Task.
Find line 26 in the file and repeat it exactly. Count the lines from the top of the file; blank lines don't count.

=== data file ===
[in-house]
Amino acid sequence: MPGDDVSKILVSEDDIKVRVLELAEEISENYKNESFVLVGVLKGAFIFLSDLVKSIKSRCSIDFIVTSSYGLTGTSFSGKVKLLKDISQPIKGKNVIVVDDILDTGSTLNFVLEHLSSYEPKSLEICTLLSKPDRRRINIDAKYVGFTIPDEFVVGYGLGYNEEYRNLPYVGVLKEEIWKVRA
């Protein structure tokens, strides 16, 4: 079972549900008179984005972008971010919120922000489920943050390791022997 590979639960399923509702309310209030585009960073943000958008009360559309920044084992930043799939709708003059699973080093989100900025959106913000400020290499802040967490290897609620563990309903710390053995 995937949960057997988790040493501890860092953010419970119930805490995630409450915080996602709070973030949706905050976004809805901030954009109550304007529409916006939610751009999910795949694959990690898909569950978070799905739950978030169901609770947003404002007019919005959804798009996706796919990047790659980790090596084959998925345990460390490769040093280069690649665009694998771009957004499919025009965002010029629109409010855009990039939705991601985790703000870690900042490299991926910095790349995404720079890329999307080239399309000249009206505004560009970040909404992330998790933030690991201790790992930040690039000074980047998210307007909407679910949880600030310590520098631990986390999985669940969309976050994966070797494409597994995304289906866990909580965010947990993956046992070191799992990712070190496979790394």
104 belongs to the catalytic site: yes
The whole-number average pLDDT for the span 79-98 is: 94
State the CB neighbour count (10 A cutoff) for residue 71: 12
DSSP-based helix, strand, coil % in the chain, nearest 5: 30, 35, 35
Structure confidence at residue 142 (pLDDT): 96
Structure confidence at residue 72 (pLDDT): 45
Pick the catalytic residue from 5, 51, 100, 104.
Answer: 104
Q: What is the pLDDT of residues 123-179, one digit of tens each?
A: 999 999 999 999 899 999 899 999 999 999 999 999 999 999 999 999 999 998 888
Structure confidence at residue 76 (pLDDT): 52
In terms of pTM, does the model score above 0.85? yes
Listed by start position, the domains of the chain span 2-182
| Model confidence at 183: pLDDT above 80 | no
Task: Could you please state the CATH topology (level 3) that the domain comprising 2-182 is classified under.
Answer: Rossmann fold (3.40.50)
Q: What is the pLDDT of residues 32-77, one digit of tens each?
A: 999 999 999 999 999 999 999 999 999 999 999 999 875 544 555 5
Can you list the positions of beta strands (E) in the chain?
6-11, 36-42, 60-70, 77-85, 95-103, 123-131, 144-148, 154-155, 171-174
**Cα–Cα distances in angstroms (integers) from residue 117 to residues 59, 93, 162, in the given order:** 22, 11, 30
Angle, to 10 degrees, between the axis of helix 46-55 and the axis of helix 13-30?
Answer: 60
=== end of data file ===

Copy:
Answer: 60